EXAMPLE 3 A base sheet having a thickness of 700 microns was prepared by extruding a pellet-shaped mixture of 60 parts by weight of polyvinylidene fluoride and parts by weight of polymethyl methacrylate bymeans of a T-die extruder, and immersed in a 10 percent benzene solution of polystyrene, and after withdrawing the sheet from the solution, the solvent was evaporated away at room temperature to provide a polystyrene-coated sheet. The sheet thus obtained was sandwiched between two sheets of paper, each having a thickness of 30 microns, and then inserted between electrodes. Then, a direct current potential of 50 kv/cm was applied to the electrodes for 60 minutes at 100 C in an air bath and then the assembly was cooled to room temperature while the potential was applied thereto. After removing the electric potential, the electrodes and the papers were withdrawn and the electret sheet thus prepared was covered by an aluminum foil and stored in an air bath at C. During the preservation, the change of the surface potential of the electret was measured by means of a rotary sector-type potentiometer. The variation of the surface potential of the electret with the passage of time is shown in FIG. 3 as curve (1), while the variation of the surface potential of an electret prepared in the same way as above without coating the surface of the base sheet with polystyrene is also shown in the same figure as curve (2) for comparison. From the results, it was confirmed that the stability of the surface potential of the electret represented by curve (1) was remarkably better than that of the electret represented by curve (2), which shows the excellent advantages of this invention.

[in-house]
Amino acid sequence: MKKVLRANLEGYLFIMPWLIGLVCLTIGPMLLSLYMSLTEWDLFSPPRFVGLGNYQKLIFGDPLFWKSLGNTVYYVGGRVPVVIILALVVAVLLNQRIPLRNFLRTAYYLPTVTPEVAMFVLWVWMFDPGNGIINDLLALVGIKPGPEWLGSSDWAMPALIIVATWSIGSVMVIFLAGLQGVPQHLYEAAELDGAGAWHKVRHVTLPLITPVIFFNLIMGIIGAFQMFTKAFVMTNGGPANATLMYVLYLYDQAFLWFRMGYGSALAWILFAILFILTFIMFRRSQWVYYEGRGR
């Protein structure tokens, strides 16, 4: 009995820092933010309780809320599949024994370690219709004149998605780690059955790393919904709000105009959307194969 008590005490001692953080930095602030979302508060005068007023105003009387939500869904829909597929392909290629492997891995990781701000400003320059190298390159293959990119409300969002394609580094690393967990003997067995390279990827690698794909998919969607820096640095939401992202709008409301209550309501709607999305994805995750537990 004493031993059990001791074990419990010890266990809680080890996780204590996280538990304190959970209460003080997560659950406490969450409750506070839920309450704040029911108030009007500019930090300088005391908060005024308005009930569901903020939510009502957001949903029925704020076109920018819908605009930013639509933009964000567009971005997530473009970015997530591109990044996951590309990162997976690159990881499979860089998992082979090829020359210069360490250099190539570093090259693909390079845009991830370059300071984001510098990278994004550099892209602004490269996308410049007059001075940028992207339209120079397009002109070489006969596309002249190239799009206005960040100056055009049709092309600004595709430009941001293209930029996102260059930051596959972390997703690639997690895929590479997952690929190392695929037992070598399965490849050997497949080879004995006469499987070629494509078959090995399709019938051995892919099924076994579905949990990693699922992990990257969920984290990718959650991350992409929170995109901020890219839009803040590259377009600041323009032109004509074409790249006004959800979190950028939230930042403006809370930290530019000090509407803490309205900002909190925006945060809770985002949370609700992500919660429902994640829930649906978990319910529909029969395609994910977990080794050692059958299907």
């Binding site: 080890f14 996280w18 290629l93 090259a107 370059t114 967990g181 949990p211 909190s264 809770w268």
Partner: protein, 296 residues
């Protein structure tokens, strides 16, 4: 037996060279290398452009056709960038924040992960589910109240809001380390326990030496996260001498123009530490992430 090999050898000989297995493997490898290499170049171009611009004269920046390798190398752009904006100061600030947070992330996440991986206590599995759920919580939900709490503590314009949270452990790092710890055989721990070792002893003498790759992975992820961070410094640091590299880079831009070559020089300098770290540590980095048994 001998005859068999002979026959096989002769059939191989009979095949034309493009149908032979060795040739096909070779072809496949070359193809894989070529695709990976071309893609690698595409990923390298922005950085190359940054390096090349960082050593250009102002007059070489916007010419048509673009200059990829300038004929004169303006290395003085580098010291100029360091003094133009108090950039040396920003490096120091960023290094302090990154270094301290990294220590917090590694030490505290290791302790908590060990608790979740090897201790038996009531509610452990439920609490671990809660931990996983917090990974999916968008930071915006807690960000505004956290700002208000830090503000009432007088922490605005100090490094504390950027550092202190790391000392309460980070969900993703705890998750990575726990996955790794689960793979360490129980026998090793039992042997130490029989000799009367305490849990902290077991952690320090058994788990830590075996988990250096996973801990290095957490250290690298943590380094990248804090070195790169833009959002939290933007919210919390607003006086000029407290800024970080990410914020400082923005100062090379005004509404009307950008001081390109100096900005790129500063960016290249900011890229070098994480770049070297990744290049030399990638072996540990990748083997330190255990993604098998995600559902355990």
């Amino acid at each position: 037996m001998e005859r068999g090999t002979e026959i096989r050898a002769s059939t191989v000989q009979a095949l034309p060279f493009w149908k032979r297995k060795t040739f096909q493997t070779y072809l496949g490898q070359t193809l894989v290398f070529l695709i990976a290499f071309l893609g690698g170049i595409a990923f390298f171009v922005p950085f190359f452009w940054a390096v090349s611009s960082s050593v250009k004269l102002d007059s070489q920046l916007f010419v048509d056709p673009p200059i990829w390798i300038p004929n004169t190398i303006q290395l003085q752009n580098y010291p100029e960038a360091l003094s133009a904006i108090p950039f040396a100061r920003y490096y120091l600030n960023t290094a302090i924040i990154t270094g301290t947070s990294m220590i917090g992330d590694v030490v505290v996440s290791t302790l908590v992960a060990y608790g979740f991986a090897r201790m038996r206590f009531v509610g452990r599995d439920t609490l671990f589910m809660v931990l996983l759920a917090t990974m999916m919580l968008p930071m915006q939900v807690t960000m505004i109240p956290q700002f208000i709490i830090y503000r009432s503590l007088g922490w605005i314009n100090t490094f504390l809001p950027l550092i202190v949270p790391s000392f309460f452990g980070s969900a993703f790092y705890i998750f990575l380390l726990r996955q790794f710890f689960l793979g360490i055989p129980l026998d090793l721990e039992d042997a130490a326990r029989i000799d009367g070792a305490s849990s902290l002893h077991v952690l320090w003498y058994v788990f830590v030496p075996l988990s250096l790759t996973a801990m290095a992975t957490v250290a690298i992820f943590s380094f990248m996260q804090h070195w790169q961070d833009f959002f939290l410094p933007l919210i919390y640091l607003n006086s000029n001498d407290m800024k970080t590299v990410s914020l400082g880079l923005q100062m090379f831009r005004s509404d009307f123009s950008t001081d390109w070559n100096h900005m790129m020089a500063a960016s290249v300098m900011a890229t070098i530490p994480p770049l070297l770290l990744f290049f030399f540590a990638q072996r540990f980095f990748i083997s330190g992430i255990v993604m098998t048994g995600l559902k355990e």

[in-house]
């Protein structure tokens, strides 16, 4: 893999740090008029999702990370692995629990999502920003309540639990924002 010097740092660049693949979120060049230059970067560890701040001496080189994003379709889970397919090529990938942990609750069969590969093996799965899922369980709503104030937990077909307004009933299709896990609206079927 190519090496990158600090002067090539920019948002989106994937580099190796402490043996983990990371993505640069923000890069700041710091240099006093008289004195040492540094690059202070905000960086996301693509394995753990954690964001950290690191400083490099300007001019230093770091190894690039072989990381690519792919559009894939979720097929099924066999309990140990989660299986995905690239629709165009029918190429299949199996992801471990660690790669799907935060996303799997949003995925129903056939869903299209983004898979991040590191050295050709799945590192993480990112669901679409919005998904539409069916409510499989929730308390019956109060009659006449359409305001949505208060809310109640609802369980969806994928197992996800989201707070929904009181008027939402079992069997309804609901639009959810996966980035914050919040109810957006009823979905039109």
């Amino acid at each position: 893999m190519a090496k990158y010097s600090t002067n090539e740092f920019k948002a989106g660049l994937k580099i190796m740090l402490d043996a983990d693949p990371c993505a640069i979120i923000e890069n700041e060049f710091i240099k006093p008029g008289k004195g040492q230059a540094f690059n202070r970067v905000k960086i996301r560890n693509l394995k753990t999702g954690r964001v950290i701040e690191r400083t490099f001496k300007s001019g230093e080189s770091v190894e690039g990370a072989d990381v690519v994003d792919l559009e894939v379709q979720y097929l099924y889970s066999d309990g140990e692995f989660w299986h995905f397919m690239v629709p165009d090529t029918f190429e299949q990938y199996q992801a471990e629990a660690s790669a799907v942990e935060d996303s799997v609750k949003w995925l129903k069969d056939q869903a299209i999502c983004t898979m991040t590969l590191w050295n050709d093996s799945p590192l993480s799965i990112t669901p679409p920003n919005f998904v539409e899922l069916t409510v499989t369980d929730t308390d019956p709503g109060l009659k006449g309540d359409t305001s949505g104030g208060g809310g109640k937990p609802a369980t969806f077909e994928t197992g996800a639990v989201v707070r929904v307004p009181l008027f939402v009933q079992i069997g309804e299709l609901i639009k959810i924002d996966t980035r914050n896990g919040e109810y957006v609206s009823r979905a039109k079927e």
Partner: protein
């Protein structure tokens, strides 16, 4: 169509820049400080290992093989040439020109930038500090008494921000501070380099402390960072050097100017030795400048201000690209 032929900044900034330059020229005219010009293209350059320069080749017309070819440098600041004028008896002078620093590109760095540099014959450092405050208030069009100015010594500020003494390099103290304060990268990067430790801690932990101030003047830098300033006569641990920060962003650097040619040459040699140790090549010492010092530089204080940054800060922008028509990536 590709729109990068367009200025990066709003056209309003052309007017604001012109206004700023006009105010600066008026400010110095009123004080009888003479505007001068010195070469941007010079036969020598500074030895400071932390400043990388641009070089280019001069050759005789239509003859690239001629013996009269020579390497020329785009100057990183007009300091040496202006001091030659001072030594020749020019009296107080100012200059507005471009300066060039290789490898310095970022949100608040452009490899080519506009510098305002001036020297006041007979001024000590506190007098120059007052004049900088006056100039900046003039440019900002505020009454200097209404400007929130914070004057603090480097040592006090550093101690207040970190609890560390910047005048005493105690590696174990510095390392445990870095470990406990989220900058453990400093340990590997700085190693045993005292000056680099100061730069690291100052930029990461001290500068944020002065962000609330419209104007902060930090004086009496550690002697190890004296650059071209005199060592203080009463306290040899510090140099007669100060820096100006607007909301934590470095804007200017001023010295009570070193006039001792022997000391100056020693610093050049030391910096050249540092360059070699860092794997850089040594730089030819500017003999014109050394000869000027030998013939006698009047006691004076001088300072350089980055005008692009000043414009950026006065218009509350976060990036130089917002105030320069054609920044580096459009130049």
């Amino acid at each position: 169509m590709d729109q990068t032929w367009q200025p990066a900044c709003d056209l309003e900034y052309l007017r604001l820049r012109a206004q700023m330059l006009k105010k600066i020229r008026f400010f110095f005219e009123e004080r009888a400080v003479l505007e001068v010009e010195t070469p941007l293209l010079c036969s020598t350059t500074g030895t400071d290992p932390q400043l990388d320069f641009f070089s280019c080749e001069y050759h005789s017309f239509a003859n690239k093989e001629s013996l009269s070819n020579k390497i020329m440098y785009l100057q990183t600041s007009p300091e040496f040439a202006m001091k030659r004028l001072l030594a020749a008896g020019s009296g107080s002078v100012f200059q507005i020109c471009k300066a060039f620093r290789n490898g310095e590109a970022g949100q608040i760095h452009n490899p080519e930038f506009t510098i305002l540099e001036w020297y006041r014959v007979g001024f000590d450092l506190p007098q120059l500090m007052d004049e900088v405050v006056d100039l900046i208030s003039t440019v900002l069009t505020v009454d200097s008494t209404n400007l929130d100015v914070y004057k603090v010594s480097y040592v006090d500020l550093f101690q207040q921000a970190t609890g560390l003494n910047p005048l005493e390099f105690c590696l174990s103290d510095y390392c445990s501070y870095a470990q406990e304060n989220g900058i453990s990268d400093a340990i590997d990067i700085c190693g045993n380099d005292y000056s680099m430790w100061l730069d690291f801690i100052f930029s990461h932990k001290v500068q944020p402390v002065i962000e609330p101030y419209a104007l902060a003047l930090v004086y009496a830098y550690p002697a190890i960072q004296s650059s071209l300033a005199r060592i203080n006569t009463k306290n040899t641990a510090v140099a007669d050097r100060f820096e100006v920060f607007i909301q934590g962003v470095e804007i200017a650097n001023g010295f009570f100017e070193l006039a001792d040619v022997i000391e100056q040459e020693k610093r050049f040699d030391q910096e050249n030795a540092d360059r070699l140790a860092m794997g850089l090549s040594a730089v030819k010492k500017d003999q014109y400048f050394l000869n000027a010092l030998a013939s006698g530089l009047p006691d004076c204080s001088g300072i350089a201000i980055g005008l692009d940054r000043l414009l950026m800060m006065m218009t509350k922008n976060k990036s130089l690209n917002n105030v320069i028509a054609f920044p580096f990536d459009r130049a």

EXAMPLE 4 ered by an aluminum foil and stored in an air bath at 80 C. During storage, the change of the surface potential of the electret with the passage of time was measured by means of a rotary sector-type potentiometer,

and the results are shown in FIG.5 of the accompanying drawings.

In FIG. 5, the life of the electret which was not perforated is shown as curve (1) and when the electret sheet was mechanically perforated with a hole diameter of 3mm and a hole-to-hole interval of 8mm, the life thereof was reduced as shown by curve (2). By coating the perforated electret sheet having the reduced life shown in curve (2) with the polycarbonate or polystyrene, the life of the electret'was recovered as shown in curves (3) and (4), respectively, and the life in each case was further improved. 1

What is claimed is: v e

1. In a process for the production of an electret composed of a high molecular weight base material by applying to the base material a high D. C. potential at a high temperature, cooling the material while continuing the application of the potential,and then removing the electric potential, the improvement which comprises providing a stable electret by covering the opposite surfaces of the base material before polarizing the base material with thin films of a different high molecularweight material having a higher electrical insulating with polymethyl methacrylate wherein the weight ratio of polyvinylidene fluoride to polymethyl methacrylate in said mixture is from six-fourths to seven-thirds, and wherein said different high molecular weight material consists essentially of polytetrafluroethylene, polystyrene, polymethyl'methacrylate, polyethylene terephthalate or polypropylene.

2. The process as in claim 1 wherein said base material is a mixture of polyvinylidene fluoride and polymethyl methacrylate and said different high molecular weight material is selected from the group consisting of polytetrafluoroethylene, polystyrene, polymethyl methacrylate, polyethylene terephthalate, and polypropylene.

3. The process as in claim 1 wherein the volume resistivity of said different high molecular weight material is at least 10!) cm, and wherein the thickness of said base material varies from 50 to 3,000 microns and wherein the thickness of said different high molecular weight material coating varies from 8 to 100 microns.

4. The electret produced by the process of claim 1.